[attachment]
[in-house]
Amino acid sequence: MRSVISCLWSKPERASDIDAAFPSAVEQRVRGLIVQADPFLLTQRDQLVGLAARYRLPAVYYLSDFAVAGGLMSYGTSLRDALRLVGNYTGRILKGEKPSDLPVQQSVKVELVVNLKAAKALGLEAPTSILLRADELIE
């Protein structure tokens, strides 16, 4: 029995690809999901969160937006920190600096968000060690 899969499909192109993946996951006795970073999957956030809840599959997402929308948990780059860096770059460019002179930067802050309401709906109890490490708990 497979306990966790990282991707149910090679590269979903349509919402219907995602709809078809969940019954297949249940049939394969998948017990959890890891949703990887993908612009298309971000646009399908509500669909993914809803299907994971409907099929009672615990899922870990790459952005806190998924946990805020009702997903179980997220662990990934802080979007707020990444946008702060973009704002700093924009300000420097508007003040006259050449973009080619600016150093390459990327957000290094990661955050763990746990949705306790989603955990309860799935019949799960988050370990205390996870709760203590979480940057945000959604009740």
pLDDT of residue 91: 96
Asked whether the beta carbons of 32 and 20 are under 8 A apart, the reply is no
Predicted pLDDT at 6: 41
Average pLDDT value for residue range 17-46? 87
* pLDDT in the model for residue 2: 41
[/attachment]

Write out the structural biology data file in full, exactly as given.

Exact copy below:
[in-house]
Amino acid sequence: MRSVISCLWSKPERASDIDAAFPSAVEQRVRGLIVQADPFLLTQRDQLVGLAARYRLPAVYYLSDFAVAGGLMSYGTSLRDALRLVGNYTGRILKGEKPSDLPVQQSVKVELVVNLKAAKALGLEAPTSILLRADELIE
């Protein structure tokens, strides 16, 4: 029995690809999901969160937006920190600096968000060690 899969499909192109993946996951006795970073999957956030809840599959997402929308948990780059860096770059460019002179930067802050309401709906109890490490708990 497979306990966790990282991707149910090679590269979903349509919402219907995602709809078809969940019954297949249940049939394969998948017990959890890891949703990887993908612009298309971000646009399908509500669909993914809803299907994971409907099929009672615990899922870990790459952005806190998924946990805020009702997903179980997220662990990934802080979007707020990444946008702060973009704002700093924009300000420097508007003040006259050449973009080619600016150093390459990327957000290094990661955050763990746990949705306790989603955990309860799935019949799960988050370990205390996870709760203590979480940057945000959604009740």
pLDDT of residue 91: 96
Asked whether the beta carbons of 32 and 20 are under 8 A apart, the reply is no
Predicted pLDDT at 6: 41
Average pLDDT value for residue range 17-46? 87
* pLDDT in the model for residue 2: 41